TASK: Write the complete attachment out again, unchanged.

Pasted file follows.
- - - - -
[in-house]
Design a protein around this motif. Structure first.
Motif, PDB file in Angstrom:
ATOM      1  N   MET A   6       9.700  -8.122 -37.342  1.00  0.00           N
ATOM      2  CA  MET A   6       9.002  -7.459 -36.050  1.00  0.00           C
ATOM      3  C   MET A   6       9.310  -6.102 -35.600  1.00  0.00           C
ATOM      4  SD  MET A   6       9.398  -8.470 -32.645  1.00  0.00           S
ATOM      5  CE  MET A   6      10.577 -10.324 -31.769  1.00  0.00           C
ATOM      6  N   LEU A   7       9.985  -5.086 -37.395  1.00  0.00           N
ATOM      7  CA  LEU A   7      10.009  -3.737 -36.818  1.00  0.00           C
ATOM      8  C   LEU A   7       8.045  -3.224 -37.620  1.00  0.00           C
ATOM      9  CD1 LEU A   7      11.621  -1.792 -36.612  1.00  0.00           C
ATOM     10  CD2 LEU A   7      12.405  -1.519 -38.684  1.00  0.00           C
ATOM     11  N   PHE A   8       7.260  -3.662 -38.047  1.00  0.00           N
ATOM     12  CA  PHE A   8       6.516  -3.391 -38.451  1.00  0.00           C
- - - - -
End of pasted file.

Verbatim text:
[in-house]
Design a protein around this motif. Structure first.
Motif, PDB file in Angstrom:
ATOM      1  N   MET A   6       9.700  -8.122 -37.342  1.00  0.00           N
ATOM      2  CA  MET A   6       9.002  -7.459 -36.050  1.00  0.00           C
ATOM      3  C   MET A   6       9.310  -6.102 -35.600  1.00  0.00           C
ATOM      4  SD  MET A   6       9.398  -8.470 -32.645  1.00  0.00           S
ATOM      5  CE  MET A   6      10.577 -10.324 -31.769  1.00  0.00           C
ATOM      6  N   LEU A   7       9.985  -5.086 -37.395  1.00  0.00           N
ATOM      7  CA  LEU A   7      10.009  -3.737 -36.818  1.00  0.00           C
ATOM      8  C   LEU A   7       8.045  -3.224 -37.620  1.00  0.00           C
ATOM      9  CD1 LEU A   7      11.621  -1.792 -36.612  1.00  0.00           C
ATOM     10  CD2 LEU A   7      12.405  -1.519 -38.684  1.00  0.00           C
ATOM     11  N   PHE A   8       7.260  -3.662 -38.047  1.00  0.00           N
ATOM     12  CA  PHE A   8       6.516  -3.391 -38.451  1.00  0.00           C